EPA should not to turn a blind eye to the societal benefits of the MATS rule that cannot easily be reduced to dollars and cents.  Economic tools for projecting and estimating costs and benefits are always evolving and they work better in some situations than others.  For example, EPA has good health, exposure, and mortality data that can translate to monetized health benefits for criteria air pollutants like ozone and particulate matter.  Yet, EPA has struggled for over four decades to precisely monetize the health benefits of controlling air toxics such as mercury.  EPA explains that difficulties in monetizing the health benefits of controlling mercury arise because: “the adverse health effects of toxics are often irreversible, not mitigated or eliminated by reduction in ongoing exposure, and involve particularly painful and/or protracted disease.  Therefore these effects are not readily studied and quantified in human clinical studies, in contrast to, for example, ambient ozone.”[8] 

Congress, EPA and OMB have long recognized that if EPA cannot quantify the benefits that doesn't mean the benefits do not exist.  When 1990 Clean Air Amendments were written – including Section 112(n) - there were few, if any, quantifiable data available on cancer risks of air toxics and no quantifiable data whatsoever available for non-cancer risks, like birth and neurological defects.[9]  Despite the lack of quantifiable benefits, Congress still found it necessary to require EPA to pursue robust regulations to address major sources of air toxics emissions.  At the same time, Congress indicated that it was well aware of the limitations of relying exclusively on cost-benefit analysis when assessing air toxics, stating: “[T]he public health consequences of substances which express their toxic potential only after long periods of chronic exposure will not be given sufficient weight in the regulatory process when they must be balanced against the present day costs of pollution control and its other economic consequences.”[10]  Based on this legislative history, it is clear Congress did not intend for EPA to ignore public health benefits that could not quantified into dollars when determining if it is “appropriate and necessary” to regulate power plant air toxic emissions.  Congress also did not intend for EPA to ignore co-benefits that can be monetized.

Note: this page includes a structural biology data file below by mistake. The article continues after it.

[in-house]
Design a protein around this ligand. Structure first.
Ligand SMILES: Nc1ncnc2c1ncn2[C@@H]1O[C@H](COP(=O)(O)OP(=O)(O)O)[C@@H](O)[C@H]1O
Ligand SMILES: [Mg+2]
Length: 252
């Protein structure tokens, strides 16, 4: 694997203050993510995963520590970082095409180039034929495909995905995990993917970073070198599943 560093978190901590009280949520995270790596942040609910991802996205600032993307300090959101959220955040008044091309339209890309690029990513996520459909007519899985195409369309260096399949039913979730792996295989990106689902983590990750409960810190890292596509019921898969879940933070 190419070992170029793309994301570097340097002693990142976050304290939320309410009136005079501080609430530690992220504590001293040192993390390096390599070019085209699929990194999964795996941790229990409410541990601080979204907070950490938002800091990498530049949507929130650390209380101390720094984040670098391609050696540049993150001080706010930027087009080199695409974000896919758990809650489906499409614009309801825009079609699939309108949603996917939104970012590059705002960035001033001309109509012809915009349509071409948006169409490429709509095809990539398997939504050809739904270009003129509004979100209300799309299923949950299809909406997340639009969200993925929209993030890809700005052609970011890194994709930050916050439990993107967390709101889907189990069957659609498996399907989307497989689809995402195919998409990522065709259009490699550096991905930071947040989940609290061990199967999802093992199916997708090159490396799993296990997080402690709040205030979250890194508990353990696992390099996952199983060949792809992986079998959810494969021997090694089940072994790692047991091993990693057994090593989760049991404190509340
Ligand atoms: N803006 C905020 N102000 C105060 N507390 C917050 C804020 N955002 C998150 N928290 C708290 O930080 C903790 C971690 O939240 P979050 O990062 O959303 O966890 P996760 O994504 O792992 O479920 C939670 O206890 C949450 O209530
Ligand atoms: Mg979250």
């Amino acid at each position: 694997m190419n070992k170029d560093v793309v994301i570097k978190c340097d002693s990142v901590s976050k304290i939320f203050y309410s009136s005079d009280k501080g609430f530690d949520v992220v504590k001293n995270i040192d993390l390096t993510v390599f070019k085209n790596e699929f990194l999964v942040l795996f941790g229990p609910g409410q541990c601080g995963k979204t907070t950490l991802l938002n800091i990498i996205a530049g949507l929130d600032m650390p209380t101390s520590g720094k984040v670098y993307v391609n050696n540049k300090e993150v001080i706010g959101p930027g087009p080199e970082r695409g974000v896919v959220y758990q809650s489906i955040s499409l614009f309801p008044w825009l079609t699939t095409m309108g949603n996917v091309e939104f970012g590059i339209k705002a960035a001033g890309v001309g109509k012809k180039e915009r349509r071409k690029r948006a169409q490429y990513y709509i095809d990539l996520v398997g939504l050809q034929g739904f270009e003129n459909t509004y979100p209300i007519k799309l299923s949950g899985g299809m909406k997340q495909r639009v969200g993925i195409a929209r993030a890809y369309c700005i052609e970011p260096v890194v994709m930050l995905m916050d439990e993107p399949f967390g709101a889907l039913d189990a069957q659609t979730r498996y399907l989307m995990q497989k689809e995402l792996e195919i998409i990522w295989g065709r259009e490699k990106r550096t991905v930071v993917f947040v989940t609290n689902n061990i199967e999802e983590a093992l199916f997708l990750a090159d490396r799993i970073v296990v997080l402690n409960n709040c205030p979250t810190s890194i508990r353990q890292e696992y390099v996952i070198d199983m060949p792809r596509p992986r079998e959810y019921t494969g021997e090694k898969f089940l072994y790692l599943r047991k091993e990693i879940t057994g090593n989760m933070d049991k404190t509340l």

The scientific information critical to determining the monetized value of reducing air toxic pollution is still limited.  This has resulted in some of the most important benefits (including reduced incidents of birth defects and cancer) not being able to be quantified in EPA’s cost-benefit analyses for air toxic rules. In 2003, then-EPA Assistant Administrator for Air and Radiation Jeff Holmstead testified before the House Energy and Commerce Committee on the difficulty of quantifying the benefits of reducing air toxic emissions from power plants, saying: “These estimates [for Clear Skies] do not include the many additional benefits that cannot currently be monetized but are likely to be significant, such as human health benefits from reduced risk of mercury emissions, and ecological benefits from improvements in the health of our forests, lakes, and coastal waters.”[11]